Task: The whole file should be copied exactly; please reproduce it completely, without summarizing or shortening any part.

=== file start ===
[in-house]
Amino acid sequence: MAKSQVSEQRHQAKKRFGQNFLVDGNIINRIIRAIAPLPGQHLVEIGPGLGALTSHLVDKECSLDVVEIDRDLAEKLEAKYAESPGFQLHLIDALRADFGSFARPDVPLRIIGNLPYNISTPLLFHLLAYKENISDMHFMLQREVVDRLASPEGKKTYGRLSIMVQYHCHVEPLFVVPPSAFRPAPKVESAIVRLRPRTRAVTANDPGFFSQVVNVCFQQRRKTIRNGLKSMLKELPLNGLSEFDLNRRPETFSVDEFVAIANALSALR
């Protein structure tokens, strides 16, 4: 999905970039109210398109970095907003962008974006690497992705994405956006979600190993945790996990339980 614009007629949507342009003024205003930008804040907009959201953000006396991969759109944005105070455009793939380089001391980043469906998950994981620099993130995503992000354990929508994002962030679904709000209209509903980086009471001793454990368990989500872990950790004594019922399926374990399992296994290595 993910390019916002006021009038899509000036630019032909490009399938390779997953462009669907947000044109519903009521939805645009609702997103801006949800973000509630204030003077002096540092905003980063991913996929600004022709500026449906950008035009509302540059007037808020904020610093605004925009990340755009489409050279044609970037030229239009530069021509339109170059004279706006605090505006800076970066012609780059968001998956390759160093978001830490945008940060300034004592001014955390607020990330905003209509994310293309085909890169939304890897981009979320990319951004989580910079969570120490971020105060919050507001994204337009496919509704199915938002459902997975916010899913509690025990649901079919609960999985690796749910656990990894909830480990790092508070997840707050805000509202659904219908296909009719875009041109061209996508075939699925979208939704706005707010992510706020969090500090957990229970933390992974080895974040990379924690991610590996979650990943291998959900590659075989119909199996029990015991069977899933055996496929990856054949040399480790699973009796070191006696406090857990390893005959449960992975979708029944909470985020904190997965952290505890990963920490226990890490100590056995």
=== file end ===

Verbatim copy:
[in-house]
Amino acid sequence: MAKSQVSEQRHQAKKRFGQNFLVDGNIINRIIRAIAPLPGQHLVEIGPGLGALTSHLVDKECSLDVVEIDRDLAEKLEAKYAESPGFQLHLIDALRADFGSFARPDVPLRIIGNLPYNISTPLLFHLLAYKENISDMHFMLQREVVDRLASPEGKKTYGRLSIMVQYHCHVEPLFVVPPSAFRPAPKVESAIVRLRPRTRAVTANDPGFFSQVVNVCFQQRRKTIRNGLKSMLKELPLNGLSEFDLNRRPETFSVDEFVAIANALSALR
């Protein structure tokens, strides 16, 4: 999905970039109210398109970095907003962008974006690497992705994405956006979600190993945790996990339980 614009007629949507342009003024205003930008804040907009959201953000006396991969759109944005105070455009793939380089001391980043469906998950994981620099993130995503992000354990929508994002962030679904709000209209509903980086009471001793454990368990989500872990950790004594019922399926374990399992296994290595 993910390019916002006021009038899509000036630019032909490009399938390779997953462009669907947000044109519903009521939805645009609702997103801006949800973000509630204030003077002096540092905003980063991913996929600004022709500026449906950008035009509302540059007037808020904020610093605004925009990340755009489409050279044609970037030229239009530069021509339109170059004279706006605090505006800076970066012609780059968001998956390759160093978001830490945008940060300034004592001014955390607020990330905003209509994310293309085909890169939304890897981009979320990319951004989580910079969570120490971020105060919050507001994204337009496919509704199915938002459902997975916010899913509690025990649901079919609960999985690796749910656990990894909830480990790092508070997840707050805000509202659904219908296909009719875009041109061209996508075939699925979208939704706005707010992510706020969090500090957990229970933390992974080895974040990379924690991610590996979650990943291998959900590659075989119909199996029990015991069977899933055996496929990856054949040399480790699973009796070191006696406090857990390893005959449960992975979708029944909470985020904190997965952290505890990963920490226990890490100590056995």